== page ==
The First US Navy Jack flag has the motto ‘Don’t Tread on Me’ under an image of a timber rattlesnake set on a field of 13 red and white stripes.  The flag has been around since before the American Revolution and is regarded as the first naval jack flown after the republic was formed.  The 13 stripes represent the original 13 colonies and the rattlesnake represents resistance to the British.  Symbolically, the flag is saying that the US is like a rattlesnake – if you provoke it, it will strike fast and bite you.  Metallica even wrote a song about it back in 1991: Don’t Tread On Me.

 

After we chatted about their daily lives – being on duty, having days off, training with OC spray and sometimes working until they were falling asleep mid-sentence, they took us down to the anchor room.  We were amazed to see how big the chains were – each link weighs 90 lb (40kg) each!

 

 

The tour ended and we said goodbye to our mates.  To Weaver, Sanchez and Lewis, you guys are awesome.  Thanks so much for showing us around your home.  It’s clear that you are proud to be naval officers and we hope to see you guys again on the other side of the planet.

 

 

Territory Day

Experience : Territory Day

Territory Day

 

 

Territory Day is on the 1st of July every year in the Northern Territory and celebrates the anniversary of the start of the Territory’s self-governance in 1978.  While it isn’t a public holiday, the main attraction is the professional fireworks show at Mindil Beach.  Almost every inch of sand is covered with picnic blankets or camping chairs as people flock to see the pyro-show spectacular.

 

 

Territory Day is also the one day of the year when civilians are allowed to buy and light their own fireworks.  For days prior to July 1st, all sorts of shops and outlets advertise that they are selling the best fireworks in town.  Buy your fireworks at the supermarket, the bakery, the pool cleaning shop or the tackle shop!

 

 

We spent Territory Day 2013 with our Darwin mates Dan, Lindsay and Kaitie.  After we had dinner and watched the fireworks at Mindil Beach, we drove down to the wharf to let off our own fireworks.  Darwin had become a warzone.  People were letting off fireworks on the street, in their front yards, in parks and on the beach!  There was an uncontrolled fire burning about 50 metres from where we were, and 50 metres quickly turned into 25 metres and before we knew it, the fire was ripping through some shade cloth on a chain link fence and we were surrounded by smoke.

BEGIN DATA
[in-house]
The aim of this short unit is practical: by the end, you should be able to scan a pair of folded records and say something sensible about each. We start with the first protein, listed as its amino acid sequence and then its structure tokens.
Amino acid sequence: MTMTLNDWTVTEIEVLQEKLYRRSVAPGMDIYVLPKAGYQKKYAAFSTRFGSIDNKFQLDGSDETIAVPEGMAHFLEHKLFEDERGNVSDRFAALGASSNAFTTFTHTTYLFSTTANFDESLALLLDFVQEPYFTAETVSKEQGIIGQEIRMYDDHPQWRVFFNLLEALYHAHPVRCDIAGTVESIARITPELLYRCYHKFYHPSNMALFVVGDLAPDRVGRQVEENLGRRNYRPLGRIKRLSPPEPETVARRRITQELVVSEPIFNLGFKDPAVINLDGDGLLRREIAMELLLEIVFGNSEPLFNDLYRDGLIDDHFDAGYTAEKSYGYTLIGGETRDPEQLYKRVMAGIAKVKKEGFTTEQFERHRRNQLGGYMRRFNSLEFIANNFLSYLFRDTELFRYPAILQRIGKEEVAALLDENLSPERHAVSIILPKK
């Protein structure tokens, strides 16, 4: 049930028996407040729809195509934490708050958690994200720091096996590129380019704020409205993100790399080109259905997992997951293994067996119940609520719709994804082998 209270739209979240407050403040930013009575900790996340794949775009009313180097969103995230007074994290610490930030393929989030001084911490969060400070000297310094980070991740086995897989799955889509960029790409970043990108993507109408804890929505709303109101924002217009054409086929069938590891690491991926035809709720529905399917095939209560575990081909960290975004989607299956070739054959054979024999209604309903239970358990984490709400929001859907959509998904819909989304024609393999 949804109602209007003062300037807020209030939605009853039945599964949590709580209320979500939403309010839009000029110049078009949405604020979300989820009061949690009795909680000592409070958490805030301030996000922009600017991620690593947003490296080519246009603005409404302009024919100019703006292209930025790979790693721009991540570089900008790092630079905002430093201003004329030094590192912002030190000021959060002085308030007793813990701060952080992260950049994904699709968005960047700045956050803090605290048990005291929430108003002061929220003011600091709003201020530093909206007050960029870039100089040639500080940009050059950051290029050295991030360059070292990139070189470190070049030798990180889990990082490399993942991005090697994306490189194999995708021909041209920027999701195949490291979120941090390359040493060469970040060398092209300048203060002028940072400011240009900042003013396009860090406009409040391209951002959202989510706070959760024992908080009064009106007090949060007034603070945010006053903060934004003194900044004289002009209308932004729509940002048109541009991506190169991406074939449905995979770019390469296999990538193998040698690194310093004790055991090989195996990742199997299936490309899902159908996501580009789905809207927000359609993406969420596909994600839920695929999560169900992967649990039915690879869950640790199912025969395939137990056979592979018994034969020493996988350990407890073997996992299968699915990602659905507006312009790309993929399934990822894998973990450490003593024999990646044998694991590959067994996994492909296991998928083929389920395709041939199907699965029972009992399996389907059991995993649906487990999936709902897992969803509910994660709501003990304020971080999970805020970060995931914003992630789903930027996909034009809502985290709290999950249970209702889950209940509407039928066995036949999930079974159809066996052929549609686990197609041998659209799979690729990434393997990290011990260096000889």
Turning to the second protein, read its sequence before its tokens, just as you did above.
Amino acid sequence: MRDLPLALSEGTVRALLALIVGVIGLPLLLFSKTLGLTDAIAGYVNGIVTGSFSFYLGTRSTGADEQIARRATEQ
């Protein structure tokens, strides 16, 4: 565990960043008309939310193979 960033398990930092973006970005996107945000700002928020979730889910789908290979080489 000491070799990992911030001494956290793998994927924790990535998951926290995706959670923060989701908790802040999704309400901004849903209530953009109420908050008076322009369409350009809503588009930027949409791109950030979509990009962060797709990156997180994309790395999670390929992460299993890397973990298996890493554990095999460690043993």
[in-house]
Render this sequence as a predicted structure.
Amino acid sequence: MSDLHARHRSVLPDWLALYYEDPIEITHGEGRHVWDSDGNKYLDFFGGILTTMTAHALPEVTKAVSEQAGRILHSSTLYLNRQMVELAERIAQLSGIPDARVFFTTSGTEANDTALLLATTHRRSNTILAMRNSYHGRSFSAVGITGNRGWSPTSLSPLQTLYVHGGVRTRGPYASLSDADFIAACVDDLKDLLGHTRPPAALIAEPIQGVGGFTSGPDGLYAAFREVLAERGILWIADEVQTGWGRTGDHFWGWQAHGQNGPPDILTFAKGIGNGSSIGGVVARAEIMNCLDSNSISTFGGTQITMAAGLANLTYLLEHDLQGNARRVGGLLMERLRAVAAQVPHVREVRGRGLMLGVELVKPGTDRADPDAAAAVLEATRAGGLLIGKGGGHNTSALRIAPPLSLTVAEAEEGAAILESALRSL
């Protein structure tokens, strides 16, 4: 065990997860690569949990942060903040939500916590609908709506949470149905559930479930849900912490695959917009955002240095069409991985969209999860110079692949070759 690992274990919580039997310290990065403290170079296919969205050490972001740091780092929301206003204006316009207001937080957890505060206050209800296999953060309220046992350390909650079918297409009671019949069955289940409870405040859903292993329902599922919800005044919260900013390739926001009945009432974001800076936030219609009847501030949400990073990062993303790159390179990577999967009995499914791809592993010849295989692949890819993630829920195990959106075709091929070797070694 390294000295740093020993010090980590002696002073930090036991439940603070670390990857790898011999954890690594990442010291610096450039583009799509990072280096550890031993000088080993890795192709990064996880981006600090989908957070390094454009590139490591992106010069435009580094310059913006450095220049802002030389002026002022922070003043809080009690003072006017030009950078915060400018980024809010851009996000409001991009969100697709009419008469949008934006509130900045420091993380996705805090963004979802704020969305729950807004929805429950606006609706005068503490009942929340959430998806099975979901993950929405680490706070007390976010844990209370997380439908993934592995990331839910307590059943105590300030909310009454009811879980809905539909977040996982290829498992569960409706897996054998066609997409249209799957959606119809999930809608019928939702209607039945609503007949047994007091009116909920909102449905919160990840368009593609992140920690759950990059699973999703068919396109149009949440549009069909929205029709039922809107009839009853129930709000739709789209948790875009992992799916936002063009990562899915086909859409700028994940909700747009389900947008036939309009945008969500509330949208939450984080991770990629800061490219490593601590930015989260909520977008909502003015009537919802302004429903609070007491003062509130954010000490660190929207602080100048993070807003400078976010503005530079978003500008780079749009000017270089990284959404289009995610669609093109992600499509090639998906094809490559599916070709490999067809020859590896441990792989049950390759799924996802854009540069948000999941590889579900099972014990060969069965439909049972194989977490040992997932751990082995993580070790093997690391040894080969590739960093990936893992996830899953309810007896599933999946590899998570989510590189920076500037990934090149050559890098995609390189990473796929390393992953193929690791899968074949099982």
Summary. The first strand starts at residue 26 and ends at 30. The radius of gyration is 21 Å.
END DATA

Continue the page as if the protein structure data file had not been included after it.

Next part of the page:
It was our first time lighting fireworks and while Dave was happy to get stuck into it, Juz spent the first 20 minutes shitting her pants and refusing to light even a little cherry bomb.  After a few cups of wine though, things changed and Juz was lighting two wicks at the same time before running away screaming to a safe viewing point.

 

 

During the night, we met some US naval officers who invited us to come back tomorrow at 1400 for a tour of the USS Blue Ridge.  We promised we’d be there before returning back to Kaitie and Lindsay’s place for more drinks and sleepy time.

 

In the morning, we listened to the news and learnt about cars that had been blown up, uncontrolled fires sweeping through bushland and dogs and cats that had run away from home during the mayhem before heading to work with smoky hair and sore heads.

 

Happy Territory Day!

Territory Day